Initially, they were chosen from the ranks of military test pilots who were white, physically fit men. Later, as NASA broadened its criteria, it still chose only astronauts who passed their physical thresholds. But that could be changing as private space flight opens space to a more diverse cross section of humanity.
For scientists, the change will create a bonanza of new data on how the human body adapts to space.
The Inspiration4 mission, which launched on Wednesday, shows how medical researchers can benefit from the new commercial space travel. The crew of four, none of whom is a professional astronaut, will spend a fair amount of time in orbit helping to advance medical research.
One of the passengers, Hayley Arceneaux, exemplifies those possibilities. At 29, she is younger than most space travellers, a cancer survivor and will be the first person in space with a prosthesis — metal rods that were implanted after a tumour was removed from her left leg.
“We’re going to learn some things that are very fundamental,” said Dorit Donoviel, executive director of the Translational Research Institute for Space Health, or TRISH, at the Baylor College of Medicine in Houston, which is coordinating research during the Inspiration4 flight. Research to date has revealed that fluids shift upward in the body in the absence of gravity — swollen heads, shrunken legs. The lack of gravity also weakens bones. Not only does radiation in space slam into DNA creating mutations, but the unusual conditions of weightlessness cause some genes to turn on and others to turn off. The biological repercussions of these alterations are not yet understood.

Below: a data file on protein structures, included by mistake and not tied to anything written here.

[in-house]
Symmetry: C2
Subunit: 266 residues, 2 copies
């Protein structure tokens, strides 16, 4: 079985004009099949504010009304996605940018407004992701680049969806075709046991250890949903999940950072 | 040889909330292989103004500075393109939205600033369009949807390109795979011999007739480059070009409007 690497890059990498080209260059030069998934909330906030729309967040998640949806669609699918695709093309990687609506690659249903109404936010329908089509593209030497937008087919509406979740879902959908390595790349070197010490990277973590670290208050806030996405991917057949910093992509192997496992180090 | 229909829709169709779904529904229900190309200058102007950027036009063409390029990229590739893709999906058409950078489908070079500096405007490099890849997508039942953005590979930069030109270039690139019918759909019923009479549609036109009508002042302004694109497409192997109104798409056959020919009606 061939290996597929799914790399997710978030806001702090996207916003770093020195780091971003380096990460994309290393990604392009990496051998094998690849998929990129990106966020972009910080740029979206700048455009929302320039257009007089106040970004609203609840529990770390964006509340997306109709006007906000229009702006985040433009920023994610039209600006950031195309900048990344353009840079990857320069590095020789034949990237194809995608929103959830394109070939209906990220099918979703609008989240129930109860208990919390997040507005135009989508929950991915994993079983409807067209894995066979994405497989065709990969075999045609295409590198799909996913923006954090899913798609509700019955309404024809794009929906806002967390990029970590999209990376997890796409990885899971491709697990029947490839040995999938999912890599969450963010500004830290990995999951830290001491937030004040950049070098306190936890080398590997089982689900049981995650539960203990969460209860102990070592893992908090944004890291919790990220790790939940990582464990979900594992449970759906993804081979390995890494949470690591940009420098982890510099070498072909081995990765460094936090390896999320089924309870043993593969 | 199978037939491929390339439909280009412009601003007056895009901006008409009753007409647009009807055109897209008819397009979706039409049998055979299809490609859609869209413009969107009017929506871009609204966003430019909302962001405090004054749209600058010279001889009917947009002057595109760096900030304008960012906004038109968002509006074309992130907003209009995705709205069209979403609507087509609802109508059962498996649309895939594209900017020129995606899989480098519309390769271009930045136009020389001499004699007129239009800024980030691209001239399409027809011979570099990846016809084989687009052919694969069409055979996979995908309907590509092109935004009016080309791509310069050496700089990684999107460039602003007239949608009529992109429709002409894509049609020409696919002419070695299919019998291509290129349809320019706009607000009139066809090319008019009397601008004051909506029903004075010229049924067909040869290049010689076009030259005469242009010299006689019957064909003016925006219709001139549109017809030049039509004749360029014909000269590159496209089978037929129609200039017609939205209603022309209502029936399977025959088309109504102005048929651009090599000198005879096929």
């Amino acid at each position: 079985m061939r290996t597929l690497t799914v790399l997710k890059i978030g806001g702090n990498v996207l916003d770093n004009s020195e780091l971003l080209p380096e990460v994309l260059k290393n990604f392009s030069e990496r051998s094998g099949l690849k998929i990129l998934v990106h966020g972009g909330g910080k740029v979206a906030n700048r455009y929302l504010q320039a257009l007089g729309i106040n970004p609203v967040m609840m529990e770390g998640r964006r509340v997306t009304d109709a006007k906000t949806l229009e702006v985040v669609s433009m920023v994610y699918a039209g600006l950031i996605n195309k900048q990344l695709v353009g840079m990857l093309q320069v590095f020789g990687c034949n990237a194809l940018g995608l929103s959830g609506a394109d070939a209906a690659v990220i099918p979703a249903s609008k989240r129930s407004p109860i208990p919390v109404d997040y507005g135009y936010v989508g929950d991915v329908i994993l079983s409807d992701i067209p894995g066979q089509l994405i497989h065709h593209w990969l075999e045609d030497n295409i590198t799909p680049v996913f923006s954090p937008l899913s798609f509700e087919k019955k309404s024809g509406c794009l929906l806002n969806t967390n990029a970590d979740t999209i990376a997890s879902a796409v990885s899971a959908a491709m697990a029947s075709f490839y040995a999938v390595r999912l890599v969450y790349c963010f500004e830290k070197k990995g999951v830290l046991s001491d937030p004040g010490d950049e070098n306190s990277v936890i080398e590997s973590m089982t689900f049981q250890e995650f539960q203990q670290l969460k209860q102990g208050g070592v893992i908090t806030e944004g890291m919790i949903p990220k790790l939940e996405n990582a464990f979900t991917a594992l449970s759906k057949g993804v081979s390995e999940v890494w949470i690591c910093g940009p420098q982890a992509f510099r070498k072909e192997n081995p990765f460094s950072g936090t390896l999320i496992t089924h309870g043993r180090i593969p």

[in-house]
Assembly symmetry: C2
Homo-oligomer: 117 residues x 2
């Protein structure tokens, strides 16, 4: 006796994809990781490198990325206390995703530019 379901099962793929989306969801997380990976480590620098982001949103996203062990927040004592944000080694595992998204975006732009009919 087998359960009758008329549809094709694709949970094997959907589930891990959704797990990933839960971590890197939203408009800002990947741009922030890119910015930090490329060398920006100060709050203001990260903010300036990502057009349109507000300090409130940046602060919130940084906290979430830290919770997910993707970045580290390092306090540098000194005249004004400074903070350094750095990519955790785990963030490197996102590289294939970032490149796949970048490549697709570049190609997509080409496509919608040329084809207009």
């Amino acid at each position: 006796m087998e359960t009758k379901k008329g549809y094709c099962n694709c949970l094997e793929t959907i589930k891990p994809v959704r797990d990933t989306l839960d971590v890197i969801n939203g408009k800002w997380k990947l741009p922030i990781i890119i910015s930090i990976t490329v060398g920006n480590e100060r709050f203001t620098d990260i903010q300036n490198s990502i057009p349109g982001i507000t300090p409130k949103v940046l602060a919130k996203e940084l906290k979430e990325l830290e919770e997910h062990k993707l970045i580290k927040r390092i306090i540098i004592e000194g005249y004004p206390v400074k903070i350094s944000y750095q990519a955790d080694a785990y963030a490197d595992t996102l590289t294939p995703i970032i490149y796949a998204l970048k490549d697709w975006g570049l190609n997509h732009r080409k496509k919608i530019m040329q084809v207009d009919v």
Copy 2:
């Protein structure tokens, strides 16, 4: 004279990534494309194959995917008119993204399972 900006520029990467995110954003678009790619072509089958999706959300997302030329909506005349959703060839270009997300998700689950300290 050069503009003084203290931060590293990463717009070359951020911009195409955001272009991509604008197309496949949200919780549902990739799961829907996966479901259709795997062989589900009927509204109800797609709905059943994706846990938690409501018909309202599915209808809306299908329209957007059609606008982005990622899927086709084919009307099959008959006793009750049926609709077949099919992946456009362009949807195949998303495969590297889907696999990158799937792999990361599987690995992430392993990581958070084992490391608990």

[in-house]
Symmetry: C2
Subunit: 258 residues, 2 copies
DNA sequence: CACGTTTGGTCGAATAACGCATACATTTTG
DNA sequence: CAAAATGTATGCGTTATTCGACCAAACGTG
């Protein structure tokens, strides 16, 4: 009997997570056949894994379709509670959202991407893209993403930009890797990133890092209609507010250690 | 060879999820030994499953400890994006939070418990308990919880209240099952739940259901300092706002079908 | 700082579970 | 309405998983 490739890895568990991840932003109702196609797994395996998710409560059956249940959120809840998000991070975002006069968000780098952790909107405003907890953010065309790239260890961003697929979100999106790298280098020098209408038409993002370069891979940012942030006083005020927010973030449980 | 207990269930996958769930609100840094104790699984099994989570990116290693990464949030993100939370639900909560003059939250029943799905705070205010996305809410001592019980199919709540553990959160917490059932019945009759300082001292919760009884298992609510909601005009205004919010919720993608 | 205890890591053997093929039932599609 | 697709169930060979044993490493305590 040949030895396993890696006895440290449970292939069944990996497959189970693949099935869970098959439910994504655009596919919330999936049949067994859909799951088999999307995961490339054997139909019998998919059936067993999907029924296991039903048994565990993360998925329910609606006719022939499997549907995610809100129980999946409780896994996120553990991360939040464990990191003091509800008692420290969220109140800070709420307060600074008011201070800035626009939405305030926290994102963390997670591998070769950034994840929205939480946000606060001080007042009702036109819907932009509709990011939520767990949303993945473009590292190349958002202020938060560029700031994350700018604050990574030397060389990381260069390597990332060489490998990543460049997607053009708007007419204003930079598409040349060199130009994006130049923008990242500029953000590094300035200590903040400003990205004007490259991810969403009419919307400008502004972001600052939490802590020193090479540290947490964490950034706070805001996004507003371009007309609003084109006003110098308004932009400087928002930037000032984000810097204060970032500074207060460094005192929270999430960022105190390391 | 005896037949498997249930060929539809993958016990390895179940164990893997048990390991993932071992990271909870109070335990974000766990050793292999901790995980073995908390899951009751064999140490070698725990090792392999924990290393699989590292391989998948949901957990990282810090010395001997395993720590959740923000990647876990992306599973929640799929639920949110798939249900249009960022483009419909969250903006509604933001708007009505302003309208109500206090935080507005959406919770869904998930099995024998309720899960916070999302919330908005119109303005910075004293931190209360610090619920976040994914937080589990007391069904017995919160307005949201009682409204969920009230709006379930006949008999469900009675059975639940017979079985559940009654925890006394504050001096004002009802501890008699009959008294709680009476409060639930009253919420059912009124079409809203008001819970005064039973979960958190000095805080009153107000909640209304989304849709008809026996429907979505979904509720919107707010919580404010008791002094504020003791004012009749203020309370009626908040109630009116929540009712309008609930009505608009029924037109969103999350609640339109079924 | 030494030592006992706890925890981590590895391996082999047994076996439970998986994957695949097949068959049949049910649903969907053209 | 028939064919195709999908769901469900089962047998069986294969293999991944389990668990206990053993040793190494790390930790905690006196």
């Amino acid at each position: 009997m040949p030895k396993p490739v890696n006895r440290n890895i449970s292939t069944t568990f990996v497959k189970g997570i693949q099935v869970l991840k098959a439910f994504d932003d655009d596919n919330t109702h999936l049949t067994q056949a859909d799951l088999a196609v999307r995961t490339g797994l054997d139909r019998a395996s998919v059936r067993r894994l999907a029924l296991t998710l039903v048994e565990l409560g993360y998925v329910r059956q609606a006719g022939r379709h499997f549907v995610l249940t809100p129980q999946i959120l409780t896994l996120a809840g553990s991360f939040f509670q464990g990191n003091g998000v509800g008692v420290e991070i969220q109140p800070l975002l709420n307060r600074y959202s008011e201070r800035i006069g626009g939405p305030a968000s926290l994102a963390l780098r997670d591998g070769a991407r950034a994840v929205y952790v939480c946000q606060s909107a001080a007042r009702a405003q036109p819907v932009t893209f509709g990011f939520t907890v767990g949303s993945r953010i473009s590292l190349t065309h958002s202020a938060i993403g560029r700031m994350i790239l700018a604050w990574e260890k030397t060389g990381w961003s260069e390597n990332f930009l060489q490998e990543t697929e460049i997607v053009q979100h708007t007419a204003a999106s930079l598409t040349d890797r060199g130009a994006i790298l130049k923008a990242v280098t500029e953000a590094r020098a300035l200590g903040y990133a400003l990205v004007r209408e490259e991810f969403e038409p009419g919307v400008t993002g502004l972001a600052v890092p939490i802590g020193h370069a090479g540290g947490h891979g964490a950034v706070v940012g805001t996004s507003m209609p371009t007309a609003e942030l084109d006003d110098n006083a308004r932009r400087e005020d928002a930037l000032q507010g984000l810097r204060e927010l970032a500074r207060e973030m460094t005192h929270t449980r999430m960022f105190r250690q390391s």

The crew aboard Inspiration4 will take 10 tests originally designed to gauge the mental performance of NASA astronauts each day. The tests take about 20 minutes to complete. “It needed to be brief, because astronauts kind of hate doing these things,” said Dr. Mathias Basner, a professor of psychiatry at the University of Pennsylvania who is the lead investigator for that experiment.
But in a dangerous environment like space, small errors can lead to catastrophe. “So we need our astronauts to perform at their best all the time,” Dr. Basner said. “Now, the problem is that humans are particularly bad at self-assessing their performance capability, especially in chronic exposure situations. If you sit in the same environment all the time, you think you’ll be fine, but you’re actually not.” One test is simply a square that appears on a screen, and one has to tap on it. The square changes position and progressively becomes smaller. That measures the reaction speed and eye-hand coordination. Another measures what is known as psychomotor vigilance. First, the subject stares at a box on the screen. A stopwatch suddenly pops up within the box, counting the milliseconds until the subject presses a button. “Which is extremely sensitive to sleep deprivation,” Dr. Basner said. Yet another test gauges a person’s ability to identify emotions in other people.
Chang is a tech reporter with NYT©2021
The New York Times